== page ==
Group of friends huddled together

6. You’ll only make friends with other expats

Settling into a new culture can be stressful for several reasons: overcoming a language barrier, different working hours, the prospect of socialising or even the pace of life. You’ll likely find yourself craving familiarity and as a result it’s only natural that you may gravitate towards other expats. Forming a new social circle is part of finding your way as an expat and everyone will approach this differently. Some want to dive in and immerse themselves in the new culture and others will take the slower path – testing the waters until they feel comfortable enough to branch out. If you’re looking to stay for the long haul, it’s important to step out of the expat bubble and integrate with the locals.



Port Erin Beach, Isle of Man, Home of RL360.

7. Moving back home is easier than moving away

Many assume the hardest part of being an expat is adjusting to life in their host country but the process of returning to your home country isn’t always smooth sailing. ‘Reverse Culture Shock’ is a phenomenon many have experienced - where you feel out of place in a surrounding that should be familiar - and it’s something many expats feel when they return to their home country. It might be unsettling to see how much has or hasn’t changed whilst you were away, whether that was for a few months or a few years. Like the astronaut returning to Earth, give yourself time to adjust to being back home again.



Expat Family on a beach with dogs smiling at camera

8. Expat life isn’t suitable for families

Relocating with or for your loved ones might seem like a difficult task, but with enough planning and preparation, you can make the process as easy as if you were going on your own. The most important aspect is having everyone view the move as an opportunity and being mindful that the transition affects all those involved. You might find that the country you’re moving to is a better place to raise your family, for example, Iceland, Portugal and New Zealand are some of the best countries in the world to raise children - based on quality of life, education and low crime rates. [2]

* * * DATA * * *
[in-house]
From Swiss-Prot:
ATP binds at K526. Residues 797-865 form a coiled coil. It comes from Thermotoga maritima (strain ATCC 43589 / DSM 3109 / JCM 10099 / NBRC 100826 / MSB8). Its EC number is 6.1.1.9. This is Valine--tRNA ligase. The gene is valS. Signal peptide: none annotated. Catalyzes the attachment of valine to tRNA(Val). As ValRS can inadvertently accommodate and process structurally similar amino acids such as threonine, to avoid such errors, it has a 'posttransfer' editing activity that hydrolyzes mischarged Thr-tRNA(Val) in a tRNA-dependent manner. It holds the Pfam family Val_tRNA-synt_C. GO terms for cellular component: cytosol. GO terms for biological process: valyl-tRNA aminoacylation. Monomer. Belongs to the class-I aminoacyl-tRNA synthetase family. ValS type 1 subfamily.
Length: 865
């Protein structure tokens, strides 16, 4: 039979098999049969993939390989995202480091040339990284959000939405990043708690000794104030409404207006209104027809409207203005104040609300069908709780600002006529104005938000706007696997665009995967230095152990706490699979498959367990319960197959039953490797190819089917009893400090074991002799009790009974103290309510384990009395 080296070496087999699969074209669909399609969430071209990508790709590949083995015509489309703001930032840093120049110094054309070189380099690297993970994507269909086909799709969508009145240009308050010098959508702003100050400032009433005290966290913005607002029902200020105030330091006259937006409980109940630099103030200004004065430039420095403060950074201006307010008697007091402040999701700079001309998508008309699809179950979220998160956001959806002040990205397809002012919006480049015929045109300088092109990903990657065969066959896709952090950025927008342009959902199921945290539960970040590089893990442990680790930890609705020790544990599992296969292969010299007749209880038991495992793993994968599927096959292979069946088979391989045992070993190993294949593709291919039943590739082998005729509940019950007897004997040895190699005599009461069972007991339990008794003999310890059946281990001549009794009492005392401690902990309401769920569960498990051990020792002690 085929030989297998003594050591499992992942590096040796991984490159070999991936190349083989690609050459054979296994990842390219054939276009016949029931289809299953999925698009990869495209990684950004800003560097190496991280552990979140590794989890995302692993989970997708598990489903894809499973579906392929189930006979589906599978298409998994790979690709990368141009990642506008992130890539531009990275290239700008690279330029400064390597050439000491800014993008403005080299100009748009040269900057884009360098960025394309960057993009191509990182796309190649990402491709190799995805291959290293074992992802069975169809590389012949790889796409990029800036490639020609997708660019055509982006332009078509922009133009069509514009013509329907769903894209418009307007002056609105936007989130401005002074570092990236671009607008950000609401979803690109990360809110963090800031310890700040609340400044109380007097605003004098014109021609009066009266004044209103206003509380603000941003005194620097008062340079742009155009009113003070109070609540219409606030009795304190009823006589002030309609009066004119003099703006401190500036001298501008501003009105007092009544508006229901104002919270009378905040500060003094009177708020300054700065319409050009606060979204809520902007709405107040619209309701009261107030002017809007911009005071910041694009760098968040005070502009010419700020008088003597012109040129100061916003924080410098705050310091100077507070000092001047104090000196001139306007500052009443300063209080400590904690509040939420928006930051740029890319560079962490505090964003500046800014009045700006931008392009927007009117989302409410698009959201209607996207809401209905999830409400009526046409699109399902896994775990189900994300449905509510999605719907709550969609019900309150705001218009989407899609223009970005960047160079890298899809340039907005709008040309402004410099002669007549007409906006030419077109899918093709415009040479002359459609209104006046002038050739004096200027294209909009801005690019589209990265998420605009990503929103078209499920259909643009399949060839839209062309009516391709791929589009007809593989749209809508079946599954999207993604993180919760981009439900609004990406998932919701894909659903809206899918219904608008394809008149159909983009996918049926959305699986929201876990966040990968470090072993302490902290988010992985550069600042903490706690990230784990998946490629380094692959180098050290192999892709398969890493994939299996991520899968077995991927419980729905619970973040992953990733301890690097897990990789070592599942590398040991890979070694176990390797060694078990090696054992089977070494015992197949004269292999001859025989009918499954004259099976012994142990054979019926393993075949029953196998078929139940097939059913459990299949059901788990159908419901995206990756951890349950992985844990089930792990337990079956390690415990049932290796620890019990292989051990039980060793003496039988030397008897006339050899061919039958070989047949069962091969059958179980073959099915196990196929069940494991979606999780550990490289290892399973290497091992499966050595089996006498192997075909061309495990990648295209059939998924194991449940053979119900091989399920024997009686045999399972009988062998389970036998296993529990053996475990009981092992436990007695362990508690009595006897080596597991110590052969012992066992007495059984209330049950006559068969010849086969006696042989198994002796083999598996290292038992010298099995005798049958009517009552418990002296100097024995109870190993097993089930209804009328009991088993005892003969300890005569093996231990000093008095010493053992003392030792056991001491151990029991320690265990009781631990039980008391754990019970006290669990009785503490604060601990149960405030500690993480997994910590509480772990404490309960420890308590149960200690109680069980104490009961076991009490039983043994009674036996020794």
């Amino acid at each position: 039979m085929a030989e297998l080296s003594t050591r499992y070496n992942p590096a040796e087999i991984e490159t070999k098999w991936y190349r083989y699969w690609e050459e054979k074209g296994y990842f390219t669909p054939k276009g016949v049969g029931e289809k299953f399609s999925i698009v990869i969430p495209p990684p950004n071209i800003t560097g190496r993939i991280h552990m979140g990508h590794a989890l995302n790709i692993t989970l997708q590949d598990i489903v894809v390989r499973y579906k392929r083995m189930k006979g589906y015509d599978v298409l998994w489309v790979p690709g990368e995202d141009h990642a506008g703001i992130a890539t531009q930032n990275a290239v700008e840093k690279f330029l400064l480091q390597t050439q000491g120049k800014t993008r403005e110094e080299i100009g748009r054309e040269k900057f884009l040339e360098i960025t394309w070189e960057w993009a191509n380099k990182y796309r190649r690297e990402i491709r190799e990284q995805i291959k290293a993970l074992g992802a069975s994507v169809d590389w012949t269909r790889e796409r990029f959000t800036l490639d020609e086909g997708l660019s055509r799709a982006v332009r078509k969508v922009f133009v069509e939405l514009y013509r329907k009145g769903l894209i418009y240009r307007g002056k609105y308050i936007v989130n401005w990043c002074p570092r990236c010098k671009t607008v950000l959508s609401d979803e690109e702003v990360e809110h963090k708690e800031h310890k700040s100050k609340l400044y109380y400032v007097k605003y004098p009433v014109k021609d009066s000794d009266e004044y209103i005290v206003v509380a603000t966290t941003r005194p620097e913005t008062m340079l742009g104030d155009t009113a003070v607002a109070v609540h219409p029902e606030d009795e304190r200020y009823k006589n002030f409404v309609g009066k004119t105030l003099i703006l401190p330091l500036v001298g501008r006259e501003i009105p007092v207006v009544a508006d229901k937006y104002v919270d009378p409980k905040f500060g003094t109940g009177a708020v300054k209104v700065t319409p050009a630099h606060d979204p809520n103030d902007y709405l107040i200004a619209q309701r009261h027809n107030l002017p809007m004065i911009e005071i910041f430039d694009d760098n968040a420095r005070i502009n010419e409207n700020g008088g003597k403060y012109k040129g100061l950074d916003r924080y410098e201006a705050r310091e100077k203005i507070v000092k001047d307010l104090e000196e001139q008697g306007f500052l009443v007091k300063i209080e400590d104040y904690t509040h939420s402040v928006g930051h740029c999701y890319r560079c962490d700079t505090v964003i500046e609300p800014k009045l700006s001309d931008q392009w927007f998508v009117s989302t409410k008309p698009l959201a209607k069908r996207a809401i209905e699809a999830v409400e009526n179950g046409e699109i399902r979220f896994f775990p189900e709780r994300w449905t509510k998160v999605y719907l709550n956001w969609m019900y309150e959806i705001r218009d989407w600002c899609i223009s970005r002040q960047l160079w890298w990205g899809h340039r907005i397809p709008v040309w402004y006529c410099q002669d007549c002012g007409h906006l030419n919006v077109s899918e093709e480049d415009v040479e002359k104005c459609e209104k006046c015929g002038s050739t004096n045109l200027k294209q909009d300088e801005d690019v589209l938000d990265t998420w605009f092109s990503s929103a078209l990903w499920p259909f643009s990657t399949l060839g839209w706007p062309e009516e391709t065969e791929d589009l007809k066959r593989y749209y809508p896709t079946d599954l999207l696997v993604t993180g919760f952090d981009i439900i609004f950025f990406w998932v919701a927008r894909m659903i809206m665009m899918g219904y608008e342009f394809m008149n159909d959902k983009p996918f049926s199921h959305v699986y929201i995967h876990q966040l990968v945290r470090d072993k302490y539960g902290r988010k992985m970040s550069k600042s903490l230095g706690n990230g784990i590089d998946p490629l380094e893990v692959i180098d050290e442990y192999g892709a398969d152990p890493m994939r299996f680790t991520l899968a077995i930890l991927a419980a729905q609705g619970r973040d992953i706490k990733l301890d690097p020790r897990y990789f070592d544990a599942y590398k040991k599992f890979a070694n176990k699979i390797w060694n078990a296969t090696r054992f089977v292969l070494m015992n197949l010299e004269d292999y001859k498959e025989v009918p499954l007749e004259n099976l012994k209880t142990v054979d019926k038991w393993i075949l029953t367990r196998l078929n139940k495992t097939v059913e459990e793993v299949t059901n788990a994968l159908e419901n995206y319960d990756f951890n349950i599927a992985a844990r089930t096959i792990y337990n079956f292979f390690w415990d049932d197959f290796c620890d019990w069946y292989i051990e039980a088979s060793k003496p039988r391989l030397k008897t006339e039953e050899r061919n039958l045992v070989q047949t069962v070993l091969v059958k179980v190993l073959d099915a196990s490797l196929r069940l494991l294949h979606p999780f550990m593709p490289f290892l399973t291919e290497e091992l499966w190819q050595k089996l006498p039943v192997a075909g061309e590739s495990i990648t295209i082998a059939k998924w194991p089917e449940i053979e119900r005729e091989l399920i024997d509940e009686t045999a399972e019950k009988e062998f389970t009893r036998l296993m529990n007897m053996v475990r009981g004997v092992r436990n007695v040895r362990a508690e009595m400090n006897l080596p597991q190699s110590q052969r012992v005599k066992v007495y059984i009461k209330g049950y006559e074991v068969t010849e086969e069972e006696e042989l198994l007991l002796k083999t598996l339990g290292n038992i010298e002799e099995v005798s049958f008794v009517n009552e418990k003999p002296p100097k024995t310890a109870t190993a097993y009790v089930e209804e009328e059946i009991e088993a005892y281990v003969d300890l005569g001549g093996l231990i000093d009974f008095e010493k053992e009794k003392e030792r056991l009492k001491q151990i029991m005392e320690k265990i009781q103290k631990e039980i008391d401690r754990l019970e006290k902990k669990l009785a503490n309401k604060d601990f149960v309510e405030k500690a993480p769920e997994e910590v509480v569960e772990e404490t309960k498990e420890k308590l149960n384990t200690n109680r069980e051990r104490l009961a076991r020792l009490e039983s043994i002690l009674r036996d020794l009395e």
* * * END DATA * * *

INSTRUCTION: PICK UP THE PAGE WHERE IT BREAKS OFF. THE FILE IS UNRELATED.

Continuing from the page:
Young confident expat man arms folded smiling at camera

9. Expats pay less tax

It is essential to know what types of tax you will fall under; abroad and possibly back home. The best way of finding this out is to check with your new employer, financial adviser and local government website. The rules vary depending on the country, for example, US citizens must file a yearly tax return to the US government even if they are living outside the States and failing to do so could result in anything from a small fine to forfeiting your passport. In some cases, foreign income can be liable for tax back home if the amount is above the relevant threshold. Assuming that taxes won’t apply to you based on your location could be a costly mistake.



Expat Family laughing and playing in cardboard box as they look to the future.

10. Eventually you’ll return home

The traditional expat journey used to be live in one country and then, after a stint abroad, return to your roots. These days there’s an increasing trend of ‘habitual expats’ or ‘restless expat syndrome’ – where many expats find themselves bitten by the travel bug and wanting to try life in different countries. A poll conducted in 2020 by International Investment found that over 60% of UK expats have stated they’ll never permanently move back to the UK. [3] The country you’re in now might not be right for you but it doesn’t mean that your expat adventure has to end there.